Giant “Shisa” Made with Fire-Hit Okinawa Castle Tiles in Works

Courtesy of the Okinawa General Bureau
Shuri Castle before it was destroyed by fire

Naha, Okinawa Pref., May 2 (Jiji Press) — The construction of a giant “shisa” lion-shaped traditional ornament is being planned in the southernmost Japan prefecture of Okinawa, using damaged roof tiles from Shuri Castle, which was devastated by a fire in 2019.

Mitsuo Miyagi, a 47-year-old shisa artist and organizer of the project, said that the ornament is a symbol of Okinawa and that he hopes the giant shisa will remind people of the castle in Naha, Okinawa’s capital.

Eight structures in the castle, including its main hall and gate, were lost in the fire in late October 2019.

“I was shocked,” Miyagi said. “But when I thought about reconstruction, I immediately thought of using damaged roof tiles.”

In Okinawa, shisas are placed in pairs on roofs or at the entrances of buildings as guardians to ward off evils. Plaster shisas put on roofs are sometimes made with broken roof tiles.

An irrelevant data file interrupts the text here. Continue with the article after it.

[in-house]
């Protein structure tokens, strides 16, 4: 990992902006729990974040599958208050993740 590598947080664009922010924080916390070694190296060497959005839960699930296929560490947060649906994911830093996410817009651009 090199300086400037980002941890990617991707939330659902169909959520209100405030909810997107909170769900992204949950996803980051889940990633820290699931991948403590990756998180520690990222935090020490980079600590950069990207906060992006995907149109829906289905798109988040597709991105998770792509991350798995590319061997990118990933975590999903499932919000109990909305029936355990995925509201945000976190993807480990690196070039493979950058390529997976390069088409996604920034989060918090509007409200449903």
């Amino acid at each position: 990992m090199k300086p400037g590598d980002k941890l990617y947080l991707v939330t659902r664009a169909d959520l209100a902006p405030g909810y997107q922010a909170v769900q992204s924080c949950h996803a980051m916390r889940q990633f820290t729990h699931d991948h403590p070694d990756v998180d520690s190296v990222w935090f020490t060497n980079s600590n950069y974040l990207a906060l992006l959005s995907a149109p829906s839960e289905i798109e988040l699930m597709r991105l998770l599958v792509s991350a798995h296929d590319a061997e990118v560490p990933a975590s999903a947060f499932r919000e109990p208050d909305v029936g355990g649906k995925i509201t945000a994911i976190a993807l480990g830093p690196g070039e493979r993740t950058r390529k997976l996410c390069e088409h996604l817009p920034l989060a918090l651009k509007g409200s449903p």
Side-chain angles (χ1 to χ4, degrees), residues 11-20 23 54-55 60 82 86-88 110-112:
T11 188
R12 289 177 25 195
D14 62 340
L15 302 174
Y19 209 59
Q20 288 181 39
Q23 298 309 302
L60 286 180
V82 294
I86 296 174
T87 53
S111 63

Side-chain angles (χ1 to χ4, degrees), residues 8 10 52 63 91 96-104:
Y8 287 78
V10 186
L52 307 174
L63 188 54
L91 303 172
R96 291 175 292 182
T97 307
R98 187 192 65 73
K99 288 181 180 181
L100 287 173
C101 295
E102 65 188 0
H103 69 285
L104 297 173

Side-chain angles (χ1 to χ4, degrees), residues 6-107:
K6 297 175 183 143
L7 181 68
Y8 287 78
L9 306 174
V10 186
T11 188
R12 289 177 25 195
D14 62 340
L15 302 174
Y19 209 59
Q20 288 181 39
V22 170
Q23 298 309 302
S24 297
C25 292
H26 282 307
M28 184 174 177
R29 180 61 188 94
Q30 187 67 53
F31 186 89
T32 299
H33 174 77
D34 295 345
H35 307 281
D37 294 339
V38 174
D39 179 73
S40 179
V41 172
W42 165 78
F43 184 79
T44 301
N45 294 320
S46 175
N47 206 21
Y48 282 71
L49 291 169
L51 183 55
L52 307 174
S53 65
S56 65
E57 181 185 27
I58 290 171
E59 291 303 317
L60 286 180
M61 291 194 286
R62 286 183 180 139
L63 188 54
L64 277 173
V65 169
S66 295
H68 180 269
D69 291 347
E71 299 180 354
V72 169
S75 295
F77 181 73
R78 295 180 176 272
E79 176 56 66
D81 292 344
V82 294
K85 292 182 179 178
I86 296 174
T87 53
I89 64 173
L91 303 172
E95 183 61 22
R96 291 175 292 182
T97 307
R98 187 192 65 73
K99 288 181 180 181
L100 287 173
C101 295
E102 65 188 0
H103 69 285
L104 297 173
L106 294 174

“Shisas are something that is always with us,” Miyagi said. “I hope Shuri Castle will be like that again.”

The planned giant shisa is 10 meters tall. “Akagawara” red roof tiles that survived the Shuri Castle fire will be pasted onto the surface of its body, to be made with plaster and mortar.

The project is expected to involve citizens. Talks with the city of Tomigusuku, neighboring Naha, are underway to build the shisa there so that it can be seen from airplanes taking off and landing at Naha Airport. The initiative is set to be financed mainly through a crowdfunding scheme.

Miyagi has made shisa paintings by mixing powdered damaged roof tiles from Shuri Castle in paint.

“I hope the giant shisa made of damaged tiles will help revitalize the area,” he said.